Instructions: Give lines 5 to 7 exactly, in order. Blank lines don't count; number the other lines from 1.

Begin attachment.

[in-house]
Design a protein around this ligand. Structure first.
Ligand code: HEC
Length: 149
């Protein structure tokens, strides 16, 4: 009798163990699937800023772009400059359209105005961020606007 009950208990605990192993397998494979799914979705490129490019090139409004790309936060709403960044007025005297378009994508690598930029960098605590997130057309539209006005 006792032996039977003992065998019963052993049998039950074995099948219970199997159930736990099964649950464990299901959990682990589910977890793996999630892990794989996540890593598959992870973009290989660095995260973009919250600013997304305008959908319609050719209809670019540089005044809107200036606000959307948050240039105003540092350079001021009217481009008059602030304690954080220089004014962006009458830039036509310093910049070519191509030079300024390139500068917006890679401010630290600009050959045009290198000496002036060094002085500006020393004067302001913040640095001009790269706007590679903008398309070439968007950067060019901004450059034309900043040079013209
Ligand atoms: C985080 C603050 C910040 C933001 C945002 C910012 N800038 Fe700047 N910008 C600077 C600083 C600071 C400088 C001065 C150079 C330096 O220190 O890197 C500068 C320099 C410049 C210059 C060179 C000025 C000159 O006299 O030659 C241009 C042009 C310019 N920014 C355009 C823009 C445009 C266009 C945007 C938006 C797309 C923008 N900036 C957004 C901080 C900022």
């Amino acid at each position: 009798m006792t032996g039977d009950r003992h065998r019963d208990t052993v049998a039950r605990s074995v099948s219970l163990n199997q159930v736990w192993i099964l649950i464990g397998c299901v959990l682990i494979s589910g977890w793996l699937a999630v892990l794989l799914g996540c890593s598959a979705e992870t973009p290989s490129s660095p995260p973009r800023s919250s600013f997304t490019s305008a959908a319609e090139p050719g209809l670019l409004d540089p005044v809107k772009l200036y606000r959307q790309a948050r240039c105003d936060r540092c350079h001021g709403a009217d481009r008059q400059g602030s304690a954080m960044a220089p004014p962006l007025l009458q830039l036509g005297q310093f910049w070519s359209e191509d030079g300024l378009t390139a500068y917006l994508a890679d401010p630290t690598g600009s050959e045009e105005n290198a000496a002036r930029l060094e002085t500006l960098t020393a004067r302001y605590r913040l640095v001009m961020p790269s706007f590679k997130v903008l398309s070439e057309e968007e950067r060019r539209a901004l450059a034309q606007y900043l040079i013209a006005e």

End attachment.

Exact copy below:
């Protein structure tokens, strides 16, 4: 009798163990699937800023772009400059359209105005961020606007 009950208990605990192993397998494979799914979705490129490019090139409004790309936060709403960044007025005297378009994508690598930029960098605590997130057309539209006005 006792032996039977003992065998019963052993049998039950074995099948219970199997159930736990099964649950464990299901959990682990589910977890793996999630892990794989996540890593598959992870973009290989660095995260973009919250600013997304305008959908319609050719209809670019540089005044809107200036606000959307948050240039105003540092350079001021009217481009008059602030304690954080220089004014962006009458830039036509310093910049070519191509030079300024390139500068917006890679401010630290600009050959045009290198000496002036060094002085500006020393004067302001913040640095001009790269706007590679903008398309070439968007950067060019901004450059034309900043040079013209
Ligand atoms: C985080 C603050 C910040 C933001 C945002 C910012 N800038 Fe700047 N910008 C600077 C600083 C600071 C400088 C001065 C150079 C330096 O220190 O890197 C500068 C320099 C410049 C210059 C060179 C000025 C000159 O006299 O030659 C241009 C042009 C310019 N920014 C355009 C823009 C445009 C266009 C945007 C938006 C797309 C923008 N900036 C957004 C901080 C900022």
């Amino acid at each position: 009798m006792t032996g039977d009950r003992h065998r019963d208990t052993v049998a039950r605990s074995v099948s219970l163990n199997q159930v736990w192993i099964l649950i464990g397998c299901v959990l682990i494979s589910g977890w793996l699937a999630v892990l794989l799914g996540c890593s598959a979705e992870t973009p290989s490129s660095p995260p973009r800023s919250s600013f997304t490019s305008a959908a319609e090139p050719g209809l670019l409004d540089p005044v809107k772009l200036y606000r959307q790309a948050r240039c105003d936060r540092c350079h001021g709403a009217d481009r008059q400059g602030s304690a954080m960044a220089p004014p962006l007025l009458q830039l036509g005297q310093f910049w070519s359209e191509d030079g300024l378009t390139a500068y917006l994508a890679d401010p630290t690598g600009s050959e045009e105005n290198a000496a002036r930029l060094e002085t500006l960098t020393a004067r302001y605590r913040l640095v001009m961020p790269s706007f590679k997130v903008l398309s070439e057309e968007e950067r060019r539209a901004l450059a034309q606007y900043l040079i013209a006005e």